How the Right Has Turned Everything Into a Culture War -- And Why That's Terrible for Our Democracy
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The political press takes it as a given that there is a sharp dividing line between the “social issues” propelling the culture wars (abortion, school prayer, gay rights) and matters of substance (the economy, foreign policy, immigration and safety-net programs like unemployment benefits). But as the American conservative movement has veered sharply rightward over the past 30 years, that line is no longer so clean. Today, conservatives have a social argument for every subject of debate – everything has become part of the culture wars.
Viewing tangible matters through a cultural lens is not new. In the 19th century, dime novelist Horatio Alger wrote a series of formulaic books about poor, young, street urchins meeting some wealthy benefactor who teaches them the value of hard work and living a clean life. Once the urchins get on a properly Protestant, chaste path, their fortunes grow and they end up rising to the middle-class. It's a narrative that resonates with the right today.
But the intermingling of social and concrete issues has accelerated in the age of Obama. Many on the right consider Barack Obama alien – consider birtherism, or Dinesh D'Souza's claim that the president is influenced by “Kenyan anti-colonial behavior.” Whereas social issues once served as a distraction from matters of substance, today cultural narratives dominate conservatives' arguments.
This is not just a matter of academic interest. It's helping to fuel the growing reality-gap between conservatives and liberals – and not just because we continue to see these issues as matters of substantive policy while increasingly they see them as cultural. It's also because people tend to be more defensive about social issues, and less likely to be open to counter-arguments or new information.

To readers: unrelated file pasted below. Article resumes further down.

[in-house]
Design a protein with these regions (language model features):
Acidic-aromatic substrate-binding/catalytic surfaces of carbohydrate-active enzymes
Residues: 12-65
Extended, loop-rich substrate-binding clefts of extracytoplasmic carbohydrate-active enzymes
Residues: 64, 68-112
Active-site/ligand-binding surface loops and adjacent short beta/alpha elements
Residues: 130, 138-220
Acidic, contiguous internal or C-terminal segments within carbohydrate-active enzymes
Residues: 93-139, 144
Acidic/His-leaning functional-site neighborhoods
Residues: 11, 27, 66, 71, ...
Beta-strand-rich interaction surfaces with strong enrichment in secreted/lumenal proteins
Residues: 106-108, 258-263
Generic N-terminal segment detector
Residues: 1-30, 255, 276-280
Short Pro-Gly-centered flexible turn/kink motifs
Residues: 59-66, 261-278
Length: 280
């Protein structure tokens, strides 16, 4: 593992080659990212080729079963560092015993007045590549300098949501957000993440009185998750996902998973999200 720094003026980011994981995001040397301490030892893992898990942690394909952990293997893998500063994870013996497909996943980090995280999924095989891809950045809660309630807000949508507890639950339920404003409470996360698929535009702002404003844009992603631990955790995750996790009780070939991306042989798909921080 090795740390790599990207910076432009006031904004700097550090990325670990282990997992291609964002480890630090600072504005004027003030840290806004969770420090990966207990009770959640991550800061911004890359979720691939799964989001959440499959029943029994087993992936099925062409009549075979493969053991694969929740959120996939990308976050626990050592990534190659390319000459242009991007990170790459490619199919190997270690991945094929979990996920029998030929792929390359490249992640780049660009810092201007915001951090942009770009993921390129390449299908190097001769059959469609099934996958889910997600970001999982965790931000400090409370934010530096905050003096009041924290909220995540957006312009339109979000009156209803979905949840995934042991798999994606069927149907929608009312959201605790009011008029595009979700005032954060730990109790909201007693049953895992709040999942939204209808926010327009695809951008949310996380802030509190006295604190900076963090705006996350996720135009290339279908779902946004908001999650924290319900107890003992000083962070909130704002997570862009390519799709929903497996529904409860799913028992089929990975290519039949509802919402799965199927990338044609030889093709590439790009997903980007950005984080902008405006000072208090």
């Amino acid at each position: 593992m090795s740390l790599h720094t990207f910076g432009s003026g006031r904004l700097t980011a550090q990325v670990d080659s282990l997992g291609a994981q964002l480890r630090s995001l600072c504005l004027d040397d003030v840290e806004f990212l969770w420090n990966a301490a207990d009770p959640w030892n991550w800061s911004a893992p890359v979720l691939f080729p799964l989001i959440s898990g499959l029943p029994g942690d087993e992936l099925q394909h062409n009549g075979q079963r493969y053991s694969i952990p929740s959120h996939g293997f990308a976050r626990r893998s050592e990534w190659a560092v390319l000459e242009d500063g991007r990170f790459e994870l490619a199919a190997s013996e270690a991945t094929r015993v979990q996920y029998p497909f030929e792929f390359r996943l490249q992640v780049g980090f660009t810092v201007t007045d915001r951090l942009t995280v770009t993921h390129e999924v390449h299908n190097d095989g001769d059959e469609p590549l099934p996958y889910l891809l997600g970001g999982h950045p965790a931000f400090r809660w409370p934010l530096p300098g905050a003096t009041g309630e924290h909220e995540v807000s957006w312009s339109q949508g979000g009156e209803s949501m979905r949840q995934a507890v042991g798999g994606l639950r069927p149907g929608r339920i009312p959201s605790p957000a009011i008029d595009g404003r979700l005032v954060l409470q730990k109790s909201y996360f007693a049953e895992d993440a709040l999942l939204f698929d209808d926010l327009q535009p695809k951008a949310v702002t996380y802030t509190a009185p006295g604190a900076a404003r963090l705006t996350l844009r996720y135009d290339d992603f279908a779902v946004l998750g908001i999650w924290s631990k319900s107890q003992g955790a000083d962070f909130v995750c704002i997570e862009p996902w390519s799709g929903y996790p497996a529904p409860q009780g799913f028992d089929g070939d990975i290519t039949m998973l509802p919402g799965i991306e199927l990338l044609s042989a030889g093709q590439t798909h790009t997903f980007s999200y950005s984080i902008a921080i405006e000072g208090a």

In his new book, The Republican Brain: The Science of Why They Don't Believe in Science, Chris Mooney explores years of research into the cognitive and neurobiological features associated with our ideologies. “The way the mind works,” Mooney writes, “suggests that good arguments only win the day when people don't have strong emotional commitments that contradict them.” Scientists, he writes, have long noted that “ cold reasoning (rational, unemotional) is very different from hot reasoning (emotional, motivated).”
We are better able to have a cool, unemotional debate about the merits of, say, higher or lower corporate taxes. But cultural beliefs resonate more deeply, especially with conservatives; these beliefs become integrated into their identities, and once fixed, are difficult to dislodge with factual arguments. One area where conservatives and liberal tend to differ, according to Mooney, is “in their need to defend their beliefs, their internal desire to have unwavering convictions that do not and cannot change.” The culture wars are ultimately tribal, and as Mooney notes, conservatives are more likely to “be sure that their group is right, and the other group is wrong – in short, their need for group solidarity and unity, or for having a strong in-group/out-group way of looking at the world.”
So, having turned substantial issues into cultural debates, the right is more deeply invested in their outcomes, and less likely to be swayed by the reality we see around us. That “facts have a liberal bias” has become more than just a quip, and this is part of the reason why.
That is not to say that conservatives have stopped deploying non-cultural arguments – many still do. But consider some of the specific ways that what we think of as debates over concrete matters of public policy have been “culturalized” by the right.
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